On Living Accommodations

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Macks Koontz
April 26, 2023

One big decision you have to make before coming is whether or not to apply for a homestay or a dorm. For this, I chose a dorm and I personally preferred living in a dorm. I think that homestays are a great experience, and most everyone that I knew that had a homestay absolutely loved it. I only heard about one bad experience (and she was able to move to a different homestay), but everyone else says that they were matched pretty much perfectly with a family that they would mesh well with. I think homestays are an amazing way to improve your language skills and develop cultural competency, so if those are your main goals I would 100% recommend it.

However, for me, I get really anxious living with people I don’t know—I have accommodations at my school so I can have a room alone. It takes me a while to get adjusted and I feel like if I had been put in a situation with that many unknowns I think I would have been very overwhelmed. Also, even though the dorm I lived in (Foyer Nanzan) was a 20 minute walk away, I still preferred that versus the very long distances you would have to ride on the subway/train everyday for class. My friends who were in homestays didn’t mind it because they could sleep/do homework and such on the way there, but I think it would’ve been too much for me personally. I also felt like I had a lot more freedom than those in homestays in some senses, just because I didn’t have an obligation to be back home at a certain time.

Since I was put in Foyer, I didn’t get to meet a lot of people in my dorm, but most people are in Janssen and it is a lot more community-based! At Foyer, you get your own room, kitchen, bathroom, washing machine, etc. with no suitemates. I was put there because I am non-binary, and the bottom floor isn’t divided by sex/gender, so that was super accommodating! For Janssen, it is a lot closer to campus: about a 4-minute walk to the main building. It is divided by sex, and you get your own room, but have suitemates—one being a Japanese student. Then, you have communal bathrooms and a laundromat instead of having one just for yourself. There are also more communal areas in Janssen. The bottom floor is welcome to guests; whereas in Foyer there are no guests allowed. A lot of people seemed to really enjoy Janssen, and from being on the guest floor it seems really cool! You don’t get to choose which dorm you get to go to, but most everyone gets into Janssen. Like I said, I was put in Foyer since I am non-binary and it was listed on my accommodation, so that’s why I was put in that one specifically (you can also check out my blog about being trans in Japan if you’d like ;)) There are a couple of other dorms that you can get, but I don’t know too much about them. One of my friends was in Rainbow House and they were provided breakfast and dinner, but at every other dorm you are not given this option. The rules in the dorms are pretty strict, but nothing too stressful! The main thing is just not being allowed to have people in your room, which sucks at first, but there’s plenty of other opportunities to hang out with people outside of it!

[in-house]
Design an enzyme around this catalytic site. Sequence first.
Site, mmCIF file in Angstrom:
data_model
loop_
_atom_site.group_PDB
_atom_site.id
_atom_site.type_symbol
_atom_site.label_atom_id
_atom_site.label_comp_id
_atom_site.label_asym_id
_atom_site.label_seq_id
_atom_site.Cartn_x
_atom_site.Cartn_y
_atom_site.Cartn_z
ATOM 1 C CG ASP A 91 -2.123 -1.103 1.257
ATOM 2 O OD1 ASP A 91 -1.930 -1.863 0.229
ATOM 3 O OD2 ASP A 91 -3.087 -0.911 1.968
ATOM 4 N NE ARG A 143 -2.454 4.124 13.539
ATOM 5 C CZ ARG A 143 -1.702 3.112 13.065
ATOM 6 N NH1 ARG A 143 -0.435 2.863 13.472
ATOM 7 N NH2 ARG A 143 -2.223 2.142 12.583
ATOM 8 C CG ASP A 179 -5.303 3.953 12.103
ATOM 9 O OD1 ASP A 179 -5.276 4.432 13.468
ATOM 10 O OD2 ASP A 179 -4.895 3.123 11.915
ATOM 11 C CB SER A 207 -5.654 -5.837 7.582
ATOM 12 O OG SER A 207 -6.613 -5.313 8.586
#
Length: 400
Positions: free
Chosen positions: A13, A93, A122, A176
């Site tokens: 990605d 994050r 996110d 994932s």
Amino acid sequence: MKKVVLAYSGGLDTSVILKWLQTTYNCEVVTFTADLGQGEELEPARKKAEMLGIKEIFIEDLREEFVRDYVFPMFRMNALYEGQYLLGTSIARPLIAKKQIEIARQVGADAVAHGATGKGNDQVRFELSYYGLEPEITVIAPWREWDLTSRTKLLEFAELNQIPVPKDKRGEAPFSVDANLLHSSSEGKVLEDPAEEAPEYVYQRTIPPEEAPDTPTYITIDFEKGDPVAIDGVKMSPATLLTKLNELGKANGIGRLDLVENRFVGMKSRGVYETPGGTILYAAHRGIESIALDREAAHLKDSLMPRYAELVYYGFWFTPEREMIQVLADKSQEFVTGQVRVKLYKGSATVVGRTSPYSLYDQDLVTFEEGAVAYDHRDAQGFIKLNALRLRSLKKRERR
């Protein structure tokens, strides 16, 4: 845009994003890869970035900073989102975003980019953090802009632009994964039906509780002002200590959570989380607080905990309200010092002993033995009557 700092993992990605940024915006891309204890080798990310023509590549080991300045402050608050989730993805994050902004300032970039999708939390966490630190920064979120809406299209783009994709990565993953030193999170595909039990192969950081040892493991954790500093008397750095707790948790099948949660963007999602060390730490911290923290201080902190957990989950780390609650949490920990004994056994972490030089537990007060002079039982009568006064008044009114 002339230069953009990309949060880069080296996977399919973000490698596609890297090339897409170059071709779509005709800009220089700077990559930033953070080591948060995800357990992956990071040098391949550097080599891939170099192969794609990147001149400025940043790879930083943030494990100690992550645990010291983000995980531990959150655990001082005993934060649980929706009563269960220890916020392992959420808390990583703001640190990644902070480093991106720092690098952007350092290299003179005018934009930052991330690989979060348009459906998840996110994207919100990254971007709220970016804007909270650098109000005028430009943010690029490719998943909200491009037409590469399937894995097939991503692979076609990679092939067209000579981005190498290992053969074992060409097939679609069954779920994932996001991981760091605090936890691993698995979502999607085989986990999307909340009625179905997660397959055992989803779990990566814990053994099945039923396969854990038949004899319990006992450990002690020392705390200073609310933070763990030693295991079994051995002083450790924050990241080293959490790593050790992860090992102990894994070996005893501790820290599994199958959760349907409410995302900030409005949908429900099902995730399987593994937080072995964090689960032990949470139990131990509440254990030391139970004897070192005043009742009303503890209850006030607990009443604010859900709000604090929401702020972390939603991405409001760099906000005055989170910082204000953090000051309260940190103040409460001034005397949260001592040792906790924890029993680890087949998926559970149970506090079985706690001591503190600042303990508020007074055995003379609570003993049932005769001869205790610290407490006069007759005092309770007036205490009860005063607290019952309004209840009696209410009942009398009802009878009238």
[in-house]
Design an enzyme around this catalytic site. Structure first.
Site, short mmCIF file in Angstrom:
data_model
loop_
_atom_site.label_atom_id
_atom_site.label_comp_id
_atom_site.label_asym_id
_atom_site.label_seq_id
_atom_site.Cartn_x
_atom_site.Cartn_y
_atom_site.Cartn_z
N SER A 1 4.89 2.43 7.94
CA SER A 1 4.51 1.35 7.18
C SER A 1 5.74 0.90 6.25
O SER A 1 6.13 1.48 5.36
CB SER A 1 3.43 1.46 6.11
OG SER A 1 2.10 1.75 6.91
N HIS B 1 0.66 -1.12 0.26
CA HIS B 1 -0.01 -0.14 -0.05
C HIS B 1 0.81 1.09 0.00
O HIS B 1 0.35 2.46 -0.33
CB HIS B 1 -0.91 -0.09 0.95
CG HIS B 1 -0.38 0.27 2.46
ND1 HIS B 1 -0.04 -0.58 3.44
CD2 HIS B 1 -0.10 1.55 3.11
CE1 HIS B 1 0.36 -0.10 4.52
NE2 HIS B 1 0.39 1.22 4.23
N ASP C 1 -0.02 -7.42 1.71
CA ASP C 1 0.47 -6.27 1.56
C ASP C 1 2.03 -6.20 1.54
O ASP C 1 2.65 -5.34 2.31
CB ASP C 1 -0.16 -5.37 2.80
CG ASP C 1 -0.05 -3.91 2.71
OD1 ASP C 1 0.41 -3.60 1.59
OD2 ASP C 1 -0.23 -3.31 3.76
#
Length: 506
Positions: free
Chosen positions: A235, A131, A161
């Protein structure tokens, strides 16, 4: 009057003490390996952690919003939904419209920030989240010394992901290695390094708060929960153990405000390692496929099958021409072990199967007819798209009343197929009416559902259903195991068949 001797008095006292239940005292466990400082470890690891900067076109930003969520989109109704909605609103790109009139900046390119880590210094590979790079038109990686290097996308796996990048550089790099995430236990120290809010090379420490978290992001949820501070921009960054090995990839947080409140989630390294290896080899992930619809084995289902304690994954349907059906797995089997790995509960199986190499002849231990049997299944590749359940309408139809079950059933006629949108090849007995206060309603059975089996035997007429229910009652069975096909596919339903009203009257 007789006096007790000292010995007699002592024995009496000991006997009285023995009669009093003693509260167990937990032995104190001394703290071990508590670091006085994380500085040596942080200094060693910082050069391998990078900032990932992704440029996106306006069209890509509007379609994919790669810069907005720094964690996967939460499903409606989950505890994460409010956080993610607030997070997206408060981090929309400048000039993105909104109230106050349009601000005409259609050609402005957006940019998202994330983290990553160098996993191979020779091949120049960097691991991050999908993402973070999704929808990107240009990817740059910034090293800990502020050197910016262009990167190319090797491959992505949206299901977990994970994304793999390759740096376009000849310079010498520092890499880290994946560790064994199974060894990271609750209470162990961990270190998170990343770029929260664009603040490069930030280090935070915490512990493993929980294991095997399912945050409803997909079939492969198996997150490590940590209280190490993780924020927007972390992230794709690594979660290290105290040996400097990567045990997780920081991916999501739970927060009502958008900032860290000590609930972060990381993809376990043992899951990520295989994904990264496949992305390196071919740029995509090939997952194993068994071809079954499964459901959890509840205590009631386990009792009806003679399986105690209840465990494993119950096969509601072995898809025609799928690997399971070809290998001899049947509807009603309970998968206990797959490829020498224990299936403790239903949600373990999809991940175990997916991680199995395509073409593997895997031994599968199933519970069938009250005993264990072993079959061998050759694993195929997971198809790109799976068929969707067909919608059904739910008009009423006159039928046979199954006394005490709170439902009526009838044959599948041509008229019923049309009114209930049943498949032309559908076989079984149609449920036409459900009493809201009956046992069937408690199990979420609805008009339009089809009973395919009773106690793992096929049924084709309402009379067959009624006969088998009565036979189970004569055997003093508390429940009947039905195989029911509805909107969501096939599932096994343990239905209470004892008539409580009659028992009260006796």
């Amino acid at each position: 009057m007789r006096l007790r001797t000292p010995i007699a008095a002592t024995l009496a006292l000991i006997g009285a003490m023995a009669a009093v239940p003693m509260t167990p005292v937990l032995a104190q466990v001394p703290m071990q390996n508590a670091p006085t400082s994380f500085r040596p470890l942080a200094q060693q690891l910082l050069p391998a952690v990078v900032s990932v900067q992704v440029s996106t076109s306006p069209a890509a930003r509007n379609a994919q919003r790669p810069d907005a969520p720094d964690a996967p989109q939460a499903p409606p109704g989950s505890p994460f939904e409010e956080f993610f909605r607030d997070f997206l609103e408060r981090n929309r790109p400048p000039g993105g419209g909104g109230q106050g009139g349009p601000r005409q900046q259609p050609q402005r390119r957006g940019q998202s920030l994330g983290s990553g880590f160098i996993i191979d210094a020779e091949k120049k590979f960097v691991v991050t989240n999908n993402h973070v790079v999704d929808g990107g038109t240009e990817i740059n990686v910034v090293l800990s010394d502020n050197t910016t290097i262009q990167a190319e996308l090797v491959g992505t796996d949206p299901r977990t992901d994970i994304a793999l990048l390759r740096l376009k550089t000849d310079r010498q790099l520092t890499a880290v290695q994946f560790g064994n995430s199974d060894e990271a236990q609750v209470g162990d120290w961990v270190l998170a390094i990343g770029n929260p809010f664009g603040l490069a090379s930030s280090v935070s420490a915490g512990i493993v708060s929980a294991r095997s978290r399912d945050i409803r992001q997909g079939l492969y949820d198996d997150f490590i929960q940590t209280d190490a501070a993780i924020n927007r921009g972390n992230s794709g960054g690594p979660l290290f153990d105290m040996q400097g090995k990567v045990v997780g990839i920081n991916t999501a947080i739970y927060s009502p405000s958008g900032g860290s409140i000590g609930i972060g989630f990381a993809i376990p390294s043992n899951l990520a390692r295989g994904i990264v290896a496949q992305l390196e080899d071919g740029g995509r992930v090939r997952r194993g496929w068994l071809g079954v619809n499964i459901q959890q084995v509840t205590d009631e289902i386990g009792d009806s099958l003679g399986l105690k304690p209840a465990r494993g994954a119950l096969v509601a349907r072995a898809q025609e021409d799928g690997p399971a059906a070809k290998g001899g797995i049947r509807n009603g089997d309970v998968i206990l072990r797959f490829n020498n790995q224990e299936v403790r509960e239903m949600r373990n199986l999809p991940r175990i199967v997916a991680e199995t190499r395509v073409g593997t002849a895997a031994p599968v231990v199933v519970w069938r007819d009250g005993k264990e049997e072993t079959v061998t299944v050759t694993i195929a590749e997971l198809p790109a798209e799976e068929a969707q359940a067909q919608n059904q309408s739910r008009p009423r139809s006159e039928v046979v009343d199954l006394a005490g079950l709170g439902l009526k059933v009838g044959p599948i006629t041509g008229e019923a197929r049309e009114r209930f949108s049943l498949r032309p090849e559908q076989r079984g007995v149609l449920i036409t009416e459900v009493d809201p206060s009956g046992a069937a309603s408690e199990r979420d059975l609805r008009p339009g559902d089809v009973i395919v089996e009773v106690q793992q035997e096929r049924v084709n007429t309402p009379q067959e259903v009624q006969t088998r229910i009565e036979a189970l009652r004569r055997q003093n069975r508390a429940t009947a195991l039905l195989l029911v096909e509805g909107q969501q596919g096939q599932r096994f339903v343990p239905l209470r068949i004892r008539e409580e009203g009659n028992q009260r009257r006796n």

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Macks Koontz

Hello! My name is Macks and I'm a sophomore at the University of Tennessee majoring in Child and Family Studies with a minor in Japanese. I love learning, hiking, reading, and playing the guitar/ukulele. Studying abroad is super important to me and I am so very excited to be able to share my journey with other people :)

2023 Spring
Home University:
University of Tennessee - Knoxville
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